The Waste4Think, a leading European project that brings Halandri to the forefront of innovative technologies around the world for alternative waste management, is presented by the Municipality of Halandri at a workshop organized on 14 February in collaboration with the Association for the Sustainable Development of Cities at a working meeting with the European partners of the project from 13th to 16th of February 2018.
This is an innovative initiative for the collection and recovery of household food waste, in line with the local waste management plan of the city, which was launched in Chalandri in December 2016 (with the participation of around 250 households), and after the success of this first phase will be gradually generalized throughout the city. During the regular six-month meeting held in February, the project partners from all European cities participating in it will present the conclusions from the first phase of implementation as well as the innovative technologies used in Halandri while discussing the planning of the next phase .
Household Waste Management in Halandri: From food waste to alternative energy
The municipal fertilizer collection program is a result of the collaboration of the Municipality of Halandri with the National Technical University of Athens under the European Waste4Think project, HORIZON 2020. This project, with a total budget of € 10,500,000, involves 19 partners (universities, local authorities, public bodies, businesses, etc.) from seven EU Member States. Different cases of utilization and management of household waste in four European cities (Halandri, Cascais Portugal, Zamudio Spain, Seveso Italy) are being examined under the program. It is worth noting that the unified proposal of the 19 partners for Waste4Think has been evaluated by the relevant EU Commission. as one of the three best among the 97 projects presented and financed.
In the Municipality of Halandri, the implementation of the pilot project, with a budget of € 455,250, has as main objectives the use of alternative ways of collecting and managing domestic fermentable waste, as well as the optimal dissemination of the program to the local community.
What is domestic fermentable waste?
Domestic fermentable waste is kitchen waste, ie: cooked food (except bones), fruit, vegetables and used kitchen paper.
First phase of implementation – the program in practice
Waste4Think looks at innovative solutions in the field of waste management. Halandri is dealing with the management of food waste, which accounts for a large proportion of solid waste for which no recycling was previously possible.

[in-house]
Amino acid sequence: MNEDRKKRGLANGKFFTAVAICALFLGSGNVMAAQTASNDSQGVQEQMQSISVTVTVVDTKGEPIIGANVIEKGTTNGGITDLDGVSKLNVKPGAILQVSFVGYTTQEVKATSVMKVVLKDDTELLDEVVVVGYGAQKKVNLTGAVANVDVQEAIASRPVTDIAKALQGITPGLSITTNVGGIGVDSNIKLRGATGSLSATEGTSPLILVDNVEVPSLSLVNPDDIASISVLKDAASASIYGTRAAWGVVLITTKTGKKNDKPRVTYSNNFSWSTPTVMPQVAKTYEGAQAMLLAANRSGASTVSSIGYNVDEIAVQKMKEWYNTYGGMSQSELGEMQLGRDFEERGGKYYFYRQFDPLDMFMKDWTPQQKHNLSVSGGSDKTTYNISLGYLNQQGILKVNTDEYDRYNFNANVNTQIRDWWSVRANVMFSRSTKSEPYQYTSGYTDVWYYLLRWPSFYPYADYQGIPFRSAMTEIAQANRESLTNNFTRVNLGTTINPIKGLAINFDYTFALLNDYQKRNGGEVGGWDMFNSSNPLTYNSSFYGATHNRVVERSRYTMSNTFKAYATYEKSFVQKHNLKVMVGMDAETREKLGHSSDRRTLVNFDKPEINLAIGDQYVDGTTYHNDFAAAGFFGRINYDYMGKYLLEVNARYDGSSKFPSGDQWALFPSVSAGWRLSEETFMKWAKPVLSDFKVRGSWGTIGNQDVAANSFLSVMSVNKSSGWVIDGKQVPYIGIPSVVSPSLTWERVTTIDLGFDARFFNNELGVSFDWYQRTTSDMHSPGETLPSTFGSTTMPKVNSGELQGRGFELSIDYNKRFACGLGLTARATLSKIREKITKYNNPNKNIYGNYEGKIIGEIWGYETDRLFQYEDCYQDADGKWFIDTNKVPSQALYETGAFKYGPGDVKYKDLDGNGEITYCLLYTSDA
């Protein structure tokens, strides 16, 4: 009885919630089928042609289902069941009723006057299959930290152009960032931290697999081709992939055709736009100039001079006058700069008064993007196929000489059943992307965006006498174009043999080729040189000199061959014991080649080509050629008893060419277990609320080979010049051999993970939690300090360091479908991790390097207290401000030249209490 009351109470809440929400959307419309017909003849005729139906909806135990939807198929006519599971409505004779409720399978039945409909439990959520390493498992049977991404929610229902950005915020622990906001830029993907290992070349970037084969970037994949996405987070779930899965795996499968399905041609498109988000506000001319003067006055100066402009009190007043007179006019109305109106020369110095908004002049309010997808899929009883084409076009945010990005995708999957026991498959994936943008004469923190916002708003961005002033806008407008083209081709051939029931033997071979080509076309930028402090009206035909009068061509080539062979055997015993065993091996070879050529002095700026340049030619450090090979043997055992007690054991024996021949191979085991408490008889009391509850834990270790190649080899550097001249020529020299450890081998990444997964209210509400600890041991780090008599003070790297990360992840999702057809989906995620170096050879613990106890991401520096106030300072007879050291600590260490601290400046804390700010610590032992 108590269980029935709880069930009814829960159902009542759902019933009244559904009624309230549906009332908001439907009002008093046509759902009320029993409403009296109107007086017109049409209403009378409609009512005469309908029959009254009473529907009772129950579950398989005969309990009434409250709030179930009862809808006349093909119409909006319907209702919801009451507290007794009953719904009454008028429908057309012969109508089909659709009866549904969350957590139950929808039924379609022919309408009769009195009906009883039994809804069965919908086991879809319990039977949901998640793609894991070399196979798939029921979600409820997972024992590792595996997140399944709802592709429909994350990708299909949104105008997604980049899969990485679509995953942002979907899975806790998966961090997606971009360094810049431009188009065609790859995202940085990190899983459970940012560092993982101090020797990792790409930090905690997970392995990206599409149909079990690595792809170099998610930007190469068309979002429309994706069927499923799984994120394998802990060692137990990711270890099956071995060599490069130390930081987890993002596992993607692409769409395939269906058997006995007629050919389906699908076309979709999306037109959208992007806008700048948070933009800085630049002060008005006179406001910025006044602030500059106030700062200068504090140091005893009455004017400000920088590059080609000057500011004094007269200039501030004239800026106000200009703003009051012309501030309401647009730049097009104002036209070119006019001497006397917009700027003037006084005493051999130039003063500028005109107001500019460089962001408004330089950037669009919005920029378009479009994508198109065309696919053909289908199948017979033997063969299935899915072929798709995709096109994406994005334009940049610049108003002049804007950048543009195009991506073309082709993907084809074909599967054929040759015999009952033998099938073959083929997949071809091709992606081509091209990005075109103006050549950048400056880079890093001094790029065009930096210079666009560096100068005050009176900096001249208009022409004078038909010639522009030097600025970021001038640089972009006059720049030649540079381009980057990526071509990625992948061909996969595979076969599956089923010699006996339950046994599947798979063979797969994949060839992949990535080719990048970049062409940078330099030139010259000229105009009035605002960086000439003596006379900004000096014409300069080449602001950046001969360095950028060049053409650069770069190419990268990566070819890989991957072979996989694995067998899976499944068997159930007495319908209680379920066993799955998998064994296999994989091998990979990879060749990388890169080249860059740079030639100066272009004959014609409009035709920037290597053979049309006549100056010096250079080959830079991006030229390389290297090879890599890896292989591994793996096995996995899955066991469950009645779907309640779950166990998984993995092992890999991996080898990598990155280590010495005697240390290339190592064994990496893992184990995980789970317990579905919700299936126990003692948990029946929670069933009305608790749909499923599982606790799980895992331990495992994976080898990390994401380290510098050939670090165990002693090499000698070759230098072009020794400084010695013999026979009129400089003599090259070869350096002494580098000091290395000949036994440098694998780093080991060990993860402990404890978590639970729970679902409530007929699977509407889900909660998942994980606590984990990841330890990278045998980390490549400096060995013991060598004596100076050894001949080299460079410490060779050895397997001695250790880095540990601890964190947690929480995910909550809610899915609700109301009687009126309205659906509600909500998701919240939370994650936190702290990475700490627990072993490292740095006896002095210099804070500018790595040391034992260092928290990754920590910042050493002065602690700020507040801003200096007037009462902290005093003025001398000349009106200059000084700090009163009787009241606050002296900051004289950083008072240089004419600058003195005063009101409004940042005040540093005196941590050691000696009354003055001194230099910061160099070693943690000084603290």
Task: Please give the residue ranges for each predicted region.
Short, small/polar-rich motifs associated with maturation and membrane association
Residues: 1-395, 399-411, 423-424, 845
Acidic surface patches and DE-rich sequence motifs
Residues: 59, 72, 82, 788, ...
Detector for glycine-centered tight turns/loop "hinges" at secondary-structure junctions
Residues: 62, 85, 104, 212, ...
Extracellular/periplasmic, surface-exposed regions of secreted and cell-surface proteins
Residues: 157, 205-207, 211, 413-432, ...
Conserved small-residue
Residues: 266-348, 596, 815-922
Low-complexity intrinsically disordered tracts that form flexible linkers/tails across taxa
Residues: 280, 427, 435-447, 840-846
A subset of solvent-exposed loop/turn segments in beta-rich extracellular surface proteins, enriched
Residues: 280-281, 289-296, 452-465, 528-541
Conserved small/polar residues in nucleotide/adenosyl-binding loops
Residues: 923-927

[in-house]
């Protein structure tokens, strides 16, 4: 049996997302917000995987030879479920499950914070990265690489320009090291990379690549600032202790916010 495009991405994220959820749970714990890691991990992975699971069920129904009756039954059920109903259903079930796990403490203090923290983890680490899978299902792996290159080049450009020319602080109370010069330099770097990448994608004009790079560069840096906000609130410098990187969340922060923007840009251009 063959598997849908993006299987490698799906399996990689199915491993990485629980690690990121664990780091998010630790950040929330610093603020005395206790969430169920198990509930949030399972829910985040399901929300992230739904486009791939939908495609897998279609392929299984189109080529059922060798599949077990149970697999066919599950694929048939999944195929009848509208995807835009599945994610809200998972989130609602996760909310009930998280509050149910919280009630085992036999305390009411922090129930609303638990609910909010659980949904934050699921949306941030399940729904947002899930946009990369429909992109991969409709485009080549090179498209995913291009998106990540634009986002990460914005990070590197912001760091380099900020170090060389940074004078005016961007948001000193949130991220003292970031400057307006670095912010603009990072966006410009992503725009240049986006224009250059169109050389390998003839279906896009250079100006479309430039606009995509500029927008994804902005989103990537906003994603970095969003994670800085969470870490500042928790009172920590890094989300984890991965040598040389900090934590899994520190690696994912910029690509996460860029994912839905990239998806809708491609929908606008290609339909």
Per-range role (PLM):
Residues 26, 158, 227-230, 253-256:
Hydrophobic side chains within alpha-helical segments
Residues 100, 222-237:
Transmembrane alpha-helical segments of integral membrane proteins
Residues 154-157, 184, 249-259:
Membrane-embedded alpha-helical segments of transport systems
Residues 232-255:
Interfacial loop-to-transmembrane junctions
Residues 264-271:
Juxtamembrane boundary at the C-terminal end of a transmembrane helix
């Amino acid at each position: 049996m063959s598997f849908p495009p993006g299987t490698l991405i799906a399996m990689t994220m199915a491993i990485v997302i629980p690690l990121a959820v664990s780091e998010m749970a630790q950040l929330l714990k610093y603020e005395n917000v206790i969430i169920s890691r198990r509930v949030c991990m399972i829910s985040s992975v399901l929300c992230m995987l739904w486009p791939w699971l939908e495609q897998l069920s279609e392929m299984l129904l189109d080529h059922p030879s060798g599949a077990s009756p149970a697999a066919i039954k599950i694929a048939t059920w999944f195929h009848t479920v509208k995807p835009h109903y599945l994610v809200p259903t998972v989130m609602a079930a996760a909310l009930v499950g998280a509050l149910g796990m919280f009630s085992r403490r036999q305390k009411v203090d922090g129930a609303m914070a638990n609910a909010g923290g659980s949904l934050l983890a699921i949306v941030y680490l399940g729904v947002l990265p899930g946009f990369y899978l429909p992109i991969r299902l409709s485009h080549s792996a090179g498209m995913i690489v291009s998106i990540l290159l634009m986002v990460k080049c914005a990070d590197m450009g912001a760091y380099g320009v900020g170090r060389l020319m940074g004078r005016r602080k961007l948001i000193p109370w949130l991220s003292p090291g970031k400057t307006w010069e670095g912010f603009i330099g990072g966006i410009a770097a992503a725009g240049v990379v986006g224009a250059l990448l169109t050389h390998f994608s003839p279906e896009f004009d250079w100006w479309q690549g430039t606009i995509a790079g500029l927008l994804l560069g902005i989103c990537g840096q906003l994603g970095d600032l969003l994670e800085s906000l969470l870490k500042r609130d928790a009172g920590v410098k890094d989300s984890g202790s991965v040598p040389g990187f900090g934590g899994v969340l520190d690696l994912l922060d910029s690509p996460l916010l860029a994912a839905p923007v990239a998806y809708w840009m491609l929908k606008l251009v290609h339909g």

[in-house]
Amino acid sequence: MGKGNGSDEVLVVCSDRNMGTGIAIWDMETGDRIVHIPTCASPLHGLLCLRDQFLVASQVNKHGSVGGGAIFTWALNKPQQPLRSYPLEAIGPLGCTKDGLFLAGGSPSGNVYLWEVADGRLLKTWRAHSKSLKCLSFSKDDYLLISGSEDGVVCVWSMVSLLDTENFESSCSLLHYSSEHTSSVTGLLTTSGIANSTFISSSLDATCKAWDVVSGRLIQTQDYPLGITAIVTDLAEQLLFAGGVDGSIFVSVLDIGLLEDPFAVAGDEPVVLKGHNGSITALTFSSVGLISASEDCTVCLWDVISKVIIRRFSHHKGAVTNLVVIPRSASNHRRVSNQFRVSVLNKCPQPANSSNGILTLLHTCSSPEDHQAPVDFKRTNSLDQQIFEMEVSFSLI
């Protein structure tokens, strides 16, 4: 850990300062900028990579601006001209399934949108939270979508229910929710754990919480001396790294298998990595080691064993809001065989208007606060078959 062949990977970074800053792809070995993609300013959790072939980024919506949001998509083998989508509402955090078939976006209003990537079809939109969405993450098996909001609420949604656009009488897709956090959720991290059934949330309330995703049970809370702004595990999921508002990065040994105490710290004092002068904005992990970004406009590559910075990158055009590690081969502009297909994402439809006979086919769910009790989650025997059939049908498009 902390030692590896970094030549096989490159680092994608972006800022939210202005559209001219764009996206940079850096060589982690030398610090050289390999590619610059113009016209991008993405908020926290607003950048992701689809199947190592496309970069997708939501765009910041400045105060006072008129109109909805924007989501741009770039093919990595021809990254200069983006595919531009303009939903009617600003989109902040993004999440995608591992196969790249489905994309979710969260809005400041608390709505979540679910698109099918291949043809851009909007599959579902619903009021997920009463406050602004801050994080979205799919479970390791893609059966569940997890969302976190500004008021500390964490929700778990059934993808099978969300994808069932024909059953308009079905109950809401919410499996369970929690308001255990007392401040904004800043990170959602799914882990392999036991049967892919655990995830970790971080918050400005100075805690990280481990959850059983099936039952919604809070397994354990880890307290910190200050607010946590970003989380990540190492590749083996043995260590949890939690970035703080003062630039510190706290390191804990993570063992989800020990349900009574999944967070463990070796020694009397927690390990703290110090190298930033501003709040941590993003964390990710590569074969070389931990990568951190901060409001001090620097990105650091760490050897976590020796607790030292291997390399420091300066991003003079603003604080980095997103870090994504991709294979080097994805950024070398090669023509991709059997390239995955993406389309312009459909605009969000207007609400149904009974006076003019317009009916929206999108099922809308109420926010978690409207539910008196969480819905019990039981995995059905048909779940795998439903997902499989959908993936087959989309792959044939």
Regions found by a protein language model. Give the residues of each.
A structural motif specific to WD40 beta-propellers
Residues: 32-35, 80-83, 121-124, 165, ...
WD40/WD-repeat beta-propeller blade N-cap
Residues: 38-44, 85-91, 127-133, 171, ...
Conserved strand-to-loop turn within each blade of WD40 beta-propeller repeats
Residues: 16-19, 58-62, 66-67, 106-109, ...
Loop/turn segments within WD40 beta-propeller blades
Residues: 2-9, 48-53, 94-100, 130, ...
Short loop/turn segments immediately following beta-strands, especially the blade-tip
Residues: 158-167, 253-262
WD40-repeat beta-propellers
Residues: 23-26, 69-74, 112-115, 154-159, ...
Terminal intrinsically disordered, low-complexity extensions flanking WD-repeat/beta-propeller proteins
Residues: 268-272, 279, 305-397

The residents of Halandri who participate voluntarily in the program instead of throwing household fermentable waste into the green bins (mixed), they separate it using the equipment that the municipality has freely allocated to them.
They collect these garbage in a 30-liter individual household coffee bucket, in special biodegradable bags made of fermentable organic materials. They then place only those bags in 120-liter brown bins, which – at this stage – are padlocked (to be handled only by the participants in the program). The collection of the material is done by the cleaning service twice a week with a special waste truck.
This material is transformed by drying and shredding into an exploitable biomass product, “FORBI” (Food Residue Biomass), which is energy-rich while its weight is equal to 1/5 of the weight of the waste from which it is produced – which means that even its transport costs are significantly lower. FORBI can then be used either as a fuel in the cement industry or after processing as a solid fuel for pellet, as a biofuel gas (biogas) or a mixture of hydrogen and methane to drive vehicles – this application will be a direct future for municipal waste – as a liquid fuel (bioethanol) to be added to gasoline, as a compost, as a feed or for the production of activated charcoal for liquid waste. All these solutions are considered in the project to make it the most economically and economically advantageous.
After about one year of pilot implementation, the results are particularly encouraging as there has already been a decline in the volume of landfill waste and the quality of the collected material, converted to an alternative energy source, is very high (with “misplaced” material less than 2%).